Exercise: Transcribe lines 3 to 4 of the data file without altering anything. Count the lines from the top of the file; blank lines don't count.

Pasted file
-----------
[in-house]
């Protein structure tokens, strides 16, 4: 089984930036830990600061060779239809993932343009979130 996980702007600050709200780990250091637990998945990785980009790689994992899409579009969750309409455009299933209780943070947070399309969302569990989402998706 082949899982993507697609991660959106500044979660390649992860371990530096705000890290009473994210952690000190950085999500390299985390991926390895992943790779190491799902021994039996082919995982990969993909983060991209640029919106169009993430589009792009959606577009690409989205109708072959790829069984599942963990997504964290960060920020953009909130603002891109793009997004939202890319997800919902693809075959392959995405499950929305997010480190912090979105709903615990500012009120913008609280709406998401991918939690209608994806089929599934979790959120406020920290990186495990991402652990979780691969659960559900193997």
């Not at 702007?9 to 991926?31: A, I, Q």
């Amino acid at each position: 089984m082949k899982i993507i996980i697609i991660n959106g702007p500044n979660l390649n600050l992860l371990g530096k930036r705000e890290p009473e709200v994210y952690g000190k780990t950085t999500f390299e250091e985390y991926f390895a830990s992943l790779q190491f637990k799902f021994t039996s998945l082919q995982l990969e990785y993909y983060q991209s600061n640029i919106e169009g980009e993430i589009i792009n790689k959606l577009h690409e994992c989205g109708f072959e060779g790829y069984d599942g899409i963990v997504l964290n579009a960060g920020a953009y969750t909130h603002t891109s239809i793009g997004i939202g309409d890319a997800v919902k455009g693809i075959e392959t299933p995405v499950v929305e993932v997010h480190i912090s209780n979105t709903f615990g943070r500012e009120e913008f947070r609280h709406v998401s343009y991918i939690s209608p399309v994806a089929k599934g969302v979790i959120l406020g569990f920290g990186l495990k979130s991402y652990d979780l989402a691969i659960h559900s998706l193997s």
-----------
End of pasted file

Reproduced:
């Not at 702007?9 to 991926?31: A, I, Q």
């Amino acid at each position: 089984m082949k899982i993507i996980i697609i991660n959106g702007p500044n979660l390649n600050l992860l371990g530096k930036r705000e890290p009473e709200v994210y952690g000190k780990t950085t999500f390299e250091e985390y991926f390895a830990s992943l790779q190491f637990k799902f021994t039996s998945l082919q995982l990969e990785y993909y983060q991209s600061n640029i919106e169009g980009e993430i589009i792009n790689k959606l577009h690409e994992c989205g109708f072959e060779g790829y069984d599942g899409i963990v997504l964290n579009a960060g920020a953009y969750t909130h603002t891109s239809i793009g997004i939202g309409d890319a997800v919902k455009g693809i075959e392959t299933p995405v499950v929305e993932v997010h480190i912090s209780n979105t709903f615990g943070r500012e009120e913008f947070r609280h709406v998401s343009y991918i939690s209608p399309v994806a089929k599934g969302v979790i959120l406020g569990f920290g990186l495990k979130s991402y652990d979780l989402a691969i659960h559900s998706l193997s």